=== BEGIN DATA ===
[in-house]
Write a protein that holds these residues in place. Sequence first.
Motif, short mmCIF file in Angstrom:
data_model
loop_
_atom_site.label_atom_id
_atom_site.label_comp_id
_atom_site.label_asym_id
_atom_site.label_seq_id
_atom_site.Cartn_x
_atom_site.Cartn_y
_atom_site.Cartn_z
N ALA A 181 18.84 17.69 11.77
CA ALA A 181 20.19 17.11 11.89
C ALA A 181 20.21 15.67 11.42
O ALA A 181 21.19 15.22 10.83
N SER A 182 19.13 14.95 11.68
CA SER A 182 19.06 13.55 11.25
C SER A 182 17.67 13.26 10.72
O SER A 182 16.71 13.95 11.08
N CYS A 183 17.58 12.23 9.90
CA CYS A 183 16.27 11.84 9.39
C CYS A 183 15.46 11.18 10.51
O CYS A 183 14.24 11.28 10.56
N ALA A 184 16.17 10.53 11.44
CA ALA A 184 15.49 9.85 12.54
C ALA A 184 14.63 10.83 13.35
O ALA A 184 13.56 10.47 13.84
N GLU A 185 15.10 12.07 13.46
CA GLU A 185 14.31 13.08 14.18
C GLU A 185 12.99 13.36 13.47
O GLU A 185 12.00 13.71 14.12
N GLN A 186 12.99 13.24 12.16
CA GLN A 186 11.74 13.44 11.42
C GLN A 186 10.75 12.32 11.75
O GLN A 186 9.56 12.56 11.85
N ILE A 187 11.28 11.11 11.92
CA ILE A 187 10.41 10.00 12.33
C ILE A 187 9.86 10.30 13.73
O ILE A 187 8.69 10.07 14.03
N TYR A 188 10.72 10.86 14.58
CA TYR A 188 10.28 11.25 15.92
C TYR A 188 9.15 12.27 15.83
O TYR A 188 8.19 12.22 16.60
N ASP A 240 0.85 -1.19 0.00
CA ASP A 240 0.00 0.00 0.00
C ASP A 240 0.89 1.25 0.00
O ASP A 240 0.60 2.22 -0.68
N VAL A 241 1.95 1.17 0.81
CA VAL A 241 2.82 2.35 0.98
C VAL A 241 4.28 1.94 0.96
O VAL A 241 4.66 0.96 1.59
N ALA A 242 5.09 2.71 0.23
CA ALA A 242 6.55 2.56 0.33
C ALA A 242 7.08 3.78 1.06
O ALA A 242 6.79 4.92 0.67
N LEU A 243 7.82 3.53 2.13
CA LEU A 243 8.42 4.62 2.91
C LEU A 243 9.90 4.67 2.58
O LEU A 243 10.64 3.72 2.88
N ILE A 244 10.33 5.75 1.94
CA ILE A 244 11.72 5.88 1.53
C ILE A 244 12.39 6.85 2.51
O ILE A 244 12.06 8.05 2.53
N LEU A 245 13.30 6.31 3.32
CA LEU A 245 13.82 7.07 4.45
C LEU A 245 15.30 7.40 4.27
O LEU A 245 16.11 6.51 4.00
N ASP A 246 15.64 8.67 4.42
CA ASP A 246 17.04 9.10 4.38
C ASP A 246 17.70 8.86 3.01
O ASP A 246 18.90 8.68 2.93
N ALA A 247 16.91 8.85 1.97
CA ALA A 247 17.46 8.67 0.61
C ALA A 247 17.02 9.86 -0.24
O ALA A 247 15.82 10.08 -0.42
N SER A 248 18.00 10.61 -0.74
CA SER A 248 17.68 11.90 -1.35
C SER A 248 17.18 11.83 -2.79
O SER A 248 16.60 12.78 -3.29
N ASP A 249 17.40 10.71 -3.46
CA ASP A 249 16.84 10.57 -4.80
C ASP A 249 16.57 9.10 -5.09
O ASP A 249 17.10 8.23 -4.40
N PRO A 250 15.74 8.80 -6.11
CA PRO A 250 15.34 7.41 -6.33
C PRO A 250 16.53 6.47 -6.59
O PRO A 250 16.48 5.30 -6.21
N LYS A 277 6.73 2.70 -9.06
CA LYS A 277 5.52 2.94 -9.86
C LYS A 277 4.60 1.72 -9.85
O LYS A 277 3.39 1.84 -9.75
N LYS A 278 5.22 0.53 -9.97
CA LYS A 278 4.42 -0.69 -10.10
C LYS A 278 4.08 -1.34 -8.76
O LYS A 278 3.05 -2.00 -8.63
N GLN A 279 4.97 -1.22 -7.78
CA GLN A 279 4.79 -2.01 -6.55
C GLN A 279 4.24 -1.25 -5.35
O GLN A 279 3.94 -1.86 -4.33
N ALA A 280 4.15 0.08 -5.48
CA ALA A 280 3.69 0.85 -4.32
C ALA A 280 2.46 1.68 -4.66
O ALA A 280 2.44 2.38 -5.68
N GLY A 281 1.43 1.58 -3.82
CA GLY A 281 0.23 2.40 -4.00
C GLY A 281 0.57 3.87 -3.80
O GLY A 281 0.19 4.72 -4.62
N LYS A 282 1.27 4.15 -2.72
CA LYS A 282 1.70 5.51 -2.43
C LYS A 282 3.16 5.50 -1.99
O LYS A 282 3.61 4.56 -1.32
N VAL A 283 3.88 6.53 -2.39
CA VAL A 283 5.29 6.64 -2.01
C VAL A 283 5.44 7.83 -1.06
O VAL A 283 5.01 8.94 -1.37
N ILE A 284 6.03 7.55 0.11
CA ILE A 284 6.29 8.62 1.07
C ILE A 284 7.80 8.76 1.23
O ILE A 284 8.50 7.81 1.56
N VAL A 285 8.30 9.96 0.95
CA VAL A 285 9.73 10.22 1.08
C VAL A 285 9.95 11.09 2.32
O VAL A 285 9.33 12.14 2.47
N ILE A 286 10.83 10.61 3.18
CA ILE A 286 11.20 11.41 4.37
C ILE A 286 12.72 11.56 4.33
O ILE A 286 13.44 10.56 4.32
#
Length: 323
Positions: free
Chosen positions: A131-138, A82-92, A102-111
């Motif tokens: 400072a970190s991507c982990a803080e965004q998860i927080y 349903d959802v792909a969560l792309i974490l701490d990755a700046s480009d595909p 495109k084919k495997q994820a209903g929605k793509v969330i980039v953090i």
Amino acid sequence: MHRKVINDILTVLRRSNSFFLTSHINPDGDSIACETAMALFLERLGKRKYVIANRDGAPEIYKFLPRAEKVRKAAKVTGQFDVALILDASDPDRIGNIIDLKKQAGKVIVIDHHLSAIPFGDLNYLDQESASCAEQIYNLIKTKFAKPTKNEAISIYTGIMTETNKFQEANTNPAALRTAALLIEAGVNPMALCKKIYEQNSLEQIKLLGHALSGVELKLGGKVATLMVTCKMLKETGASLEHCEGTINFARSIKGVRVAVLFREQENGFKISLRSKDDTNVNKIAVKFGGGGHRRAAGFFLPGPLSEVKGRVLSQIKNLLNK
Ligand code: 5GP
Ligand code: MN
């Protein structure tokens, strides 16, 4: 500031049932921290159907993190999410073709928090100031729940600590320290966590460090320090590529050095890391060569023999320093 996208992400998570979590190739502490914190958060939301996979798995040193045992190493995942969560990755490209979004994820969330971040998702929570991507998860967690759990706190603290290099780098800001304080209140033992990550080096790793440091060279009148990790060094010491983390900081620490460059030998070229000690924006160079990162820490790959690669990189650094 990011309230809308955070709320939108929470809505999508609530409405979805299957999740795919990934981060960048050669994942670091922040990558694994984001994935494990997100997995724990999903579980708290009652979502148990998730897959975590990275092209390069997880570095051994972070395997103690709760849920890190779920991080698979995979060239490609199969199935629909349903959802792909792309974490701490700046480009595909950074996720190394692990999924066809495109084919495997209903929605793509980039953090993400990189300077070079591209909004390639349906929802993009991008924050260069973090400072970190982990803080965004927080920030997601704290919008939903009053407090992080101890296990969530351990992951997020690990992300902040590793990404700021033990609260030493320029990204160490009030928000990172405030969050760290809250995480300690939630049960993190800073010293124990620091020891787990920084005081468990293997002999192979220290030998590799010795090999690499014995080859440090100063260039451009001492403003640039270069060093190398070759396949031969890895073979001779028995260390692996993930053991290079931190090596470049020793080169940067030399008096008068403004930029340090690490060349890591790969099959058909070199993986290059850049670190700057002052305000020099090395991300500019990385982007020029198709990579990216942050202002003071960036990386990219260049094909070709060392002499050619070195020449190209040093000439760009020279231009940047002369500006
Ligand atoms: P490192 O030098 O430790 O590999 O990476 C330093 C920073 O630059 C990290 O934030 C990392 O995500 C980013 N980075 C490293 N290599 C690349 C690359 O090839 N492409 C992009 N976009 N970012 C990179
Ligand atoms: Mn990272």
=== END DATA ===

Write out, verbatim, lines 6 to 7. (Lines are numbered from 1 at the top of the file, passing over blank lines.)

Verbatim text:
_atom_site.label_atom_id
_atom_site.label_comp_id